Life-Destroying Diagrams takes contentious films seriously, illuminating their sincere ventures into “torture and cruelty, violence and finitude, friendship and eros, debt and care” not as case studies or morality homework problems but as a formal thinking and a thinking through form. Just as a film is an aesthetic and cinematic thinking-through, close reading is a thinking in process, and it is only in lingering with the particularities of what becomes tangible in form that a reading can reapproach old questions to find surprising answers. The book’s metaphysical and existential claims, often in audacious aphorisms or collectable interjections, arise organically from readings, such that the distinction between fidelity to the text and any singular perspective blur.

(To name a few favorites: “to be is to be provisional”; “Alphabet is a cruelty”; “Representationally, a mirror is a confrontation.”; “The diagram diagrams.”; “Love always discharges blanks. / That does not mean that it does no damage.”; “Philosophy ruins a good mood, but one might equally say that a good mood can ruin a philosophy.”; “[Sex: what never happens again quite as it did.]”; “And just ask around: everything painful is a specificity.”; “Love is neither feeling nor remembrance; it is infinite difference.”; “Nothing is easier to assign to meaning than love.”)

More than its elaboration of an aesthetic theory or its theoretical reframing of horror and extreme cinema, Life-Destroying Diagrams’s success is measured in its means. Games of syntax and phrasal manipulation; asides, parentheticals, digressions, and other interpolations; design that iterates a scheme of shapes, formats, and figures; a mutable typography, playing with font, color, and spacing in forms as vital as the arguments they delineate.

Phrasal manipulations pair and re-pair concepts as a kind of iterative exploration. Rotating conjunctions and prepositions, Brinkema redefines the meeting point between two objects in search of new angles. Look at how she describes her project: an “awkward, arduous, inefficient zigzag” oscillating between

a formalism of horror and a horror of formalism, a formalism of violence and a violence of formalism, a formalism of ethics and an ethics of formalism, and ultimately a formalism of love and a love of formalism, not allowing any single term to serve or stand on any other.


Attuning us to the minute distinctions of “of,” “for,” “and,” and “or,” this phrasal wrestling between terms privileges formalism as the locus of this text but also places it under suspicion. Formalism is cast not only as what enables violence and ethics, but as subject to the highest stakes of those concepts.

Later in the text, interposed between two subsections of “Love and Measurement,” the tension between love and formalism turns from an oscillating, joining “and,” to a more exclusive “or”: “[L]ove or formalism or / love and formalism or / a love of formalism or / a formalism of love.” Mobilizing “or” as alternative, equivalent, or uncertainty between two terms, love and formalism are terms in a struggling tension naming the same thing and also excluding each other, one side getting the upper hand only for the other to turn the table. The shift from conjunction to preposition moves from spatial pairing to constitutive nesting.

Of denotes various types of belonging — a part of a whole (“one of two”), an entity made or caused by another (“mutability of form”), a category and the thing that belongs to it (“concept of fidelity”) — and it can indicate the material or substance that constitutes an entity (“bunches of flowers”). Of’s ambiguity holds in suspension precisely what kind of relationship we are talking about when we say love/formalism. Is it affection for (and fascination with) formalism? Is formalism a kind of love, or love a kind of formalism? Is love made of formalism, or formalism made of love? Rather than a binary from which we must choose, this or sets up the very process of iterative rotation and reframing, a reminder that we do not know in advance. One place to start then: both love and formalism are nothing more than “fidelity to the most fragile thing imaginable: a configuration of the particular way something is as it could have been and will be and is already becoming otherwise.” Fidelity and fragility materialize the affinity between form and love.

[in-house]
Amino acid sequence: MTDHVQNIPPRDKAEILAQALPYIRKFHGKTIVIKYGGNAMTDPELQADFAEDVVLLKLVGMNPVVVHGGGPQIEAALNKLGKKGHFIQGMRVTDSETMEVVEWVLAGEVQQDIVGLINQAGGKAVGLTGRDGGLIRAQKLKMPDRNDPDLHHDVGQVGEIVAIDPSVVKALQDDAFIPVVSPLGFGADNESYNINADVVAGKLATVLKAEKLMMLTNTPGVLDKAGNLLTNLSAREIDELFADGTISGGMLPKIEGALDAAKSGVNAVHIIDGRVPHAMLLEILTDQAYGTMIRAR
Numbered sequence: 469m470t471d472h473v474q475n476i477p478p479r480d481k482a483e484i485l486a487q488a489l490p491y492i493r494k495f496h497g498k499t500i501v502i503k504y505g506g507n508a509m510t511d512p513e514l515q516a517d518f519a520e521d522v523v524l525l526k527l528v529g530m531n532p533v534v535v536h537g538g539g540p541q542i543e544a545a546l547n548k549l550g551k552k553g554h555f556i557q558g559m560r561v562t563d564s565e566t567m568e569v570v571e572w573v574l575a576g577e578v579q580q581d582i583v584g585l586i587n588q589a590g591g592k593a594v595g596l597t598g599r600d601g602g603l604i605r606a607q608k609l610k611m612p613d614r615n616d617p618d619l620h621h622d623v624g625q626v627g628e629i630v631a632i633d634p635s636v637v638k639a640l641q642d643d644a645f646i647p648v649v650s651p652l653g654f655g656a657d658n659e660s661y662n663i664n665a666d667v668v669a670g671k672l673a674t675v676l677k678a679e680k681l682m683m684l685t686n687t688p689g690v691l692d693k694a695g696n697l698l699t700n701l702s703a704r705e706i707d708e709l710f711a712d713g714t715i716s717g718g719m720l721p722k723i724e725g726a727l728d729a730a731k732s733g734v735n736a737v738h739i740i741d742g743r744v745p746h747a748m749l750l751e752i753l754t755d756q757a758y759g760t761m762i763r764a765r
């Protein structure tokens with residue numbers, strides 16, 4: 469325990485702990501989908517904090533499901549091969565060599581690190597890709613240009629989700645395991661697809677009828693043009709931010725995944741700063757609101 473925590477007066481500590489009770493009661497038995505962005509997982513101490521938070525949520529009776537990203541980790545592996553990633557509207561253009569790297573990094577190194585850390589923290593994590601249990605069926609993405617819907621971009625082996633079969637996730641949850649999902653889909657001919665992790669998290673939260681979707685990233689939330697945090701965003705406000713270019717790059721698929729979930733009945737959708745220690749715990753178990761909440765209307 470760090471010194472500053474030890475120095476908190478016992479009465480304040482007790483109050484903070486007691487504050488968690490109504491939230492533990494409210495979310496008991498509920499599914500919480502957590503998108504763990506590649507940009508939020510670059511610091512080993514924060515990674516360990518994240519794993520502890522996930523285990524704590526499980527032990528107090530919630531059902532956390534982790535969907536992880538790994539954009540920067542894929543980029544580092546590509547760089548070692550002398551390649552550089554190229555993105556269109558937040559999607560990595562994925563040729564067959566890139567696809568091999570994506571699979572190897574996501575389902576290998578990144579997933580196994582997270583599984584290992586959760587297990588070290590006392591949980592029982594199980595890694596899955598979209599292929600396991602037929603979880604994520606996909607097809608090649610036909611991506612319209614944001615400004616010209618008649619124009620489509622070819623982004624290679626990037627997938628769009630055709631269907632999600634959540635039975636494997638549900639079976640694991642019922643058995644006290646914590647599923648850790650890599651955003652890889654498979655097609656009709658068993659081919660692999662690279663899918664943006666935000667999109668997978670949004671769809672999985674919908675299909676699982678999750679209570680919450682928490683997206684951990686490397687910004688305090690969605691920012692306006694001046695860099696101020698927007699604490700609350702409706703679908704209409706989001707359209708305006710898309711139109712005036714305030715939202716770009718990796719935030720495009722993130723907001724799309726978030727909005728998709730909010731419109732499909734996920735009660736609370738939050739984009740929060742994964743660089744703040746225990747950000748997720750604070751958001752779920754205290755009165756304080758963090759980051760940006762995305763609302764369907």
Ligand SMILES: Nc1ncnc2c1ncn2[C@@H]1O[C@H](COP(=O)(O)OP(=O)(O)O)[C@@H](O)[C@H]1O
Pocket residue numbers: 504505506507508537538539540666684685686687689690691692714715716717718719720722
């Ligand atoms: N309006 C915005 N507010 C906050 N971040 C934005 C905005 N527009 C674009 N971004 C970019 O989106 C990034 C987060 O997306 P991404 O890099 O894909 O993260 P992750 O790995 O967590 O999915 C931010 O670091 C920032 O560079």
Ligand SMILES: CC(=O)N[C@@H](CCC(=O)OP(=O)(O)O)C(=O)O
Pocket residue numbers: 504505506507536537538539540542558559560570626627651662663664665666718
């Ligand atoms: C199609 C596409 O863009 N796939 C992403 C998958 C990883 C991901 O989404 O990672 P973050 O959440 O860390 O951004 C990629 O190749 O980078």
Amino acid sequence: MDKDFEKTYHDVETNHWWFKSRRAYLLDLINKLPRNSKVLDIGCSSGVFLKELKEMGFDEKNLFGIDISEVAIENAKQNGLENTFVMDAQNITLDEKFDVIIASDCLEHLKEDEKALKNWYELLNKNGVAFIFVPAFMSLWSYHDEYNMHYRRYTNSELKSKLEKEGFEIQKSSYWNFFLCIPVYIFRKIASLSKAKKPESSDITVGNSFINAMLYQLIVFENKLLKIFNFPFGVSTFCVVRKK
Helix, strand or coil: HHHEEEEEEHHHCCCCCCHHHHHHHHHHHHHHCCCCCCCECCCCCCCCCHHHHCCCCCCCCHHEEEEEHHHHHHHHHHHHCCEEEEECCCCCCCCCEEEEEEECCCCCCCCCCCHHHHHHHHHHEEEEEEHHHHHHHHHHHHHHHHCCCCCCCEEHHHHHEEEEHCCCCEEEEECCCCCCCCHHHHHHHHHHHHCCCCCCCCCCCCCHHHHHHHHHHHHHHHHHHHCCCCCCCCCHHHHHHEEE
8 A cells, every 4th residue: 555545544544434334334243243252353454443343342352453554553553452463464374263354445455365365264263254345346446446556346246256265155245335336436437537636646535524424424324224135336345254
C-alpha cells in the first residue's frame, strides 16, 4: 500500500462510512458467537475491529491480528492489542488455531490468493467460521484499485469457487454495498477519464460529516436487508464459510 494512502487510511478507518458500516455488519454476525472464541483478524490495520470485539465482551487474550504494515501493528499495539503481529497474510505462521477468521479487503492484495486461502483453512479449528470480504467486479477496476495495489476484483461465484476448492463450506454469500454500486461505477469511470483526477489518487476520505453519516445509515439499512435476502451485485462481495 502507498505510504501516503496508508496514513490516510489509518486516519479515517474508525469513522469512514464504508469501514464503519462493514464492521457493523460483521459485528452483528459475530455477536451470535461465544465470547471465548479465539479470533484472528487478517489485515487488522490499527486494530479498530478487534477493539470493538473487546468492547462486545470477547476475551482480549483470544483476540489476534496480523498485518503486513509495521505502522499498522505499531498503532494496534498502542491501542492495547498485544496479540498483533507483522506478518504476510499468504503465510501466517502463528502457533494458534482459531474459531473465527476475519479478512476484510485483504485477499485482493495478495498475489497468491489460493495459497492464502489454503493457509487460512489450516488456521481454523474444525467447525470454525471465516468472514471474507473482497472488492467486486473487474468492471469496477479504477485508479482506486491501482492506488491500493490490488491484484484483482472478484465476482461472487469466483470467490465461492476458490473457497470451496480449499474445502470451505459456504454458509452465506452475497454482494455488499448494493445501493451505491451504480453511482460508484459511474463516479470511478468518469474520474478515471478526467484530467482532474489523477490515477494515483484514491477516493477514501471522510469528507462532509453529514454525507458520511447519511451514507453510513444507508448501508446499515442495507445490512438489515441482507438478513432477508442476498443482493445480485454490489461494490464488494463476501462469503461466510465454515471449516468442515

Form echoes love in the “violence and wreckage” of vulnerability to change, that the minutest difference is a break. Brinkema makes this connection explicit, writing, “—hold tight to that sense, endure that impression of their intimacy.” Form/love do not just resonate but are themselves lovers — pressed up against each other, love leaving a mark on form.

Violence is there at the threshold of difference. In chapter two, it reduces language to the barest desires and pleas, “not now, not yet, not now,” but the third chapter, “Grid, Table, Failure, Line,” exposes violence’s apparent durability, positing a violence that is itself fragile and vulnerable, that “within the bureaucratic level and logic” could fail to be sufficiently thorough. Life-Destroying Diagrams reads Cabin in the Woods as enacting a fulcrum between a “violence that is All” and a violence that fails to be all, one that is “not-All.” In the conceit of the film, local horrors threaten five archetypal protagonists as a sacrifice to appease all-powerful ancient beings. Four out of five must die, with “the virgin” death optional, so long as she suffers. The resulting insufficiency (that two out of the five survive) prompts the “violence that will not fail to be All” — the end of humanity, absolute extinction.